The Gerber Life Parenting Blog

How to Effectively Handle Parent-Teacher Conferences

May 6, 2015

Parent-teacher meetingThe reasons for a parent-teacher conference vary, but most frequently it’s so that a teacher can communicate to a parent how a child is performing in school, both academically and behaviorally. Because parents aren’t in class with their child, the parent-teacher conference is a valuable opportunity to meet the person who teaches your child and to get feedback on how you can help your child continue to develop strong learning habits.

A child is almost certainly nervous about a meeting between his or her teacher and parents, and you may feel a few “butterflies” in your stomach as well. That’s natural, so there’s no need to worry.

As a parent who wants to help your child succeed, you may be concerned that you may not ask all of the right questions or may not be able to benefit from the meeting. Whether or not that is the case for you, you may want to consider these tips for parent-teacher conferences:

Choose an early appointment time. If the proposed meeting days and times fit your schedule, try to select one of the first available times. The teacher will sometimes have similar conversations with 30 or more parents in a very small window of time, so it’s easy to imagine how the conversations can start to blend together. By scheduling an early appointment, you’ll be speaking with your child’s teacher when he or she is feeling fresh.

Talk with your child before the meeting. Before meeting with your child’s teacher, be sure to talk with your child about the upcoming meeting. Your child may have questions that he or she wants you to ask, or may relay information or concerns that you should know about before meeting with the teacher. At the parent-teacher conference, be sure to address any valid concerns that your child may have.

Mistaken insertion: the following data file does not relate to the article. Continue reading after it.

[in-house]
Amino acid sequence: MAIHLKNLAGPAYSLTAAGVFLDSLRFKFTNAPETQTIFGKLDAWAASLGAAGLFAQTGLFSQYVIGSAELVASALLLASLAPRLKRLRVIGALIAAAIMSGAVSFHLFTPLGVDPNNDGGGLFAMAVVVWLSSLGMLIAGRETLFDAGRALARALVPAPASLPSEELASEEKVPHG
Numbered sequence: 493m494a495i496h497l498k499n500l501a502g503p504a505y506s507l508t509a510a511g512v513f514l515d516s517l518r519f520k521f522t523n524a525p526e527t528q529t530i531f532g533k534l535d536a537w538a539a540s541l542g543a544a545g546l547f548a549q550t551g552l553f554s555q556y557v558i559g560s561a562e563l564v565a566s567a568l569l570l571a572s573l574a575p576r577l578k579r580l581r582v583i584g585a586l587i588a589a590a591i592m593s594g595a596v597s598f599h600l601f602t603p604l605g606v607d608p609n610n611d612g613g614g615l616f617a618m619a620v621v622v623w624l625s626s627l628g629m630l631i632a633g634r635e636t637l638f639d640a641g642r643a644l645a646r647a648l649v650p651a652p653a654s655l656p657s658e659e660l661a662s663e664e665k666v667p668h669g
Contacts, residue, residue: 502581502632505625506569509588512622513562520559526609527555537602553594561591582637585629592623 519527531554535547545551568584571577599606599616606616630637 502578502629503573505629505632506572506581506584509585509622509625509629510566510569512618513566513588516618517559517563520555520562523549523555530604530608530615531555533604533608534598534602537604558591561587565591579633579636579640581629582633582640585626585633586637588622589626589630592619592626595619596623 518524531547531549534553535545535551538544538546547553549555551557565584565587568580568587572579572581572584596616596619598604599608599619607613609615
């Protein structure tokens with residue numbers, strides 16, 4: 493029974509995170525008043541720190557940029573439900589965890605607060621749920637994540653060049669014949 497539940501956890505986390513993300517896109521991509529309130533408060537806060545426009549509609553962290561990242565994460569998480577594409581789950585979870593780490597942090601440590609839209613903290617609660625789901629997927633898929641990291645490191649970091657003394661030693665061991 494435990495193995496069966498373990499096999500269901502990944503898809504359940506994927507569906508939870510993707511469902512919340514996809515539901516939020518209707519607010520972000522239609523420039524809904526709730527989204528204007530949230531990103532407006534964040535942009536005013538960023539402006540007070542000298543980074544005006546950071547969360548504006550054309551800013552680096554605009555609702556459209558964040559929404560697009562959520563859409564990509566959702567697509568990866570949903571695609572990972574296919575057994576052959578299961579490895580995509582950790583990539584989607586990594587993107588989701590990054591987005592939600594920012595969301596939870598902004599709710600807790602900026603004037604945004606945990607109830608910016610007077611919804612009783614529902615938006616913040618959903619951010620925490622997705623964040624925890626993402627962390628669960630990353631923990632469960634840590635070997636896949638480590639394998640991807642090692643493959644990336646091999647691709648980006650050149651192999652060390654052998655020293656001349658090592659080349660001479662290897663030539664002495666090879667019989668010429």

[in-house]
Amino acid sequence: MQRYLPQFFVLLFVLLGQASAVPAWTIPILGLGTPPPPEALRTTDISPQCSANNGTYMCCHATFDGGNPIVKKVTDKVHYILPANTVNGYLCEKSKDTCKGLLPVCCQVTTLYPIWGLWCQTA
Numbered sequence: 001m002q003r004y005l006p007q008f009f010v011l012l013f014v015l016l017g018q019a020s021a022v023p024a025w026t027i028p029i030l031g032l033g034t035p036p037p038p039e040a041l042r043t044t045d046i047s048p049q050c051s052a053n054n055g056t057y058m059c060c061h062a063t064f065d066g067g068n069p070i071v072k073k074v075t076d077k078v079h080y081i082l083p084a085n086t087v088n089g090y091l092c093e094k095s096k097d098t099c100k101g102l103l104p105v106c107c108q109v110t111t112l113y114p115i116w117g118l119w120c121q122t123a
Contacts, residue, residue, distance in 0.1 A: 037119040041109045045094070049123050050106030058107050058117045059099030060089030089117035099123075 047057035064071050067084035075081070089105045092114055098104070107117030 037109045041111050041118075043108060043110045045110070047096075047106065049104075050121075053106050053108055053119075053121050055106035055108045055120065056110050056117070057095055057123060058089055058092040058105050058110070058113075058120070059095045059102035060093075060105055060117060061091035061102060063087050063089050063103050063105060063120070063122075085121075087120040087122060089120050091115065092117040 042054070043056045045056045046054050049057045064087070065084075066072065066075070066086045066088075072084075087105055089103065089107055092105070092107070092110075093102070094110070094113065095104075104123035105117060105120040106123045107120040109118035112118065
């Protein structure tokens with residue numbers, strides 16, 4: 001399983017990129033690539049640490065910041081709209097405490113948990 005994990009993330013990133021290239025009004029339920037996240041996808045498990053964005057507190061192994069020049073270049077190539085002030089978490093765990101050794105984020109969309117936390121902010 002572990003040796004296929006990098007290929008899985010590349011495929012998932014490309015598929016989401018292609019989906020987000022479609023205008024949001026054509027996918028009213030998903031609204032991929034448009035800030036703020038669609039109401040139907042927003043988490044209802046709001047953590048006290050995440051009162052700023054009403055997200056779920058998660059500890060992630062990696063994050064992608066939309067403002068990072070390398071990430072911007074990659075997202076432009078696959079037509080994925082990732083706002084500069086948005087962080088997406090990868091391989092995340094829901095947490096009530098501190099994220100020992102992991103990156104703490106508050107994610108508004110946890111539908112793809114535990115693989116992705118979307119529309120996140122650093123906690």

Write down your questions in advance. Before meeting with your child’s teacher, write down on a sheet of paper or note down in your smart phone the questions that you want to ask, and then take them to the meeting. Once the conversation begins, it can be easy to forget a few important questions that you may have wanted to ask, especially if you have a number of questions. By taking the list of questions with you, you can help ensure that you will receive all of the information you seek.

Stay on topic with regards to your child’s performance and behavior. Because of the limited amount of time for the parent-teacher conference, and because you may want to know more about a specific school policy, remember that instead of using up meeting minutes with general-information questions, you can always call the school and ask an administrator for the more general information. It’s best to avoid spending a significant amount of time discussing anything that isn’t directly related to your child’s performance or behavior.

Stay in contact with the teacher. Just because you only have, for example, a 20-minute session scheduled with your child’s teacher doesn’t mean that this is the only time during the school year that you can talk with the teacher. As your parent-teacher conference winds down, ask the teacher the method of communication that would work best for continuing the discussion during the year. Once you know, check in regularly with the teacher to learn if your child is improving and meeting the expectations set during the parent-teacher meeting.

Use these tips for parent-teacher conferences to help you get the most out of the meeting. Afterward, be sure to discuss with your child the ways in which he or she is doing well at school and what needs improvement, in order to better prepare your child for the rest of the school year.

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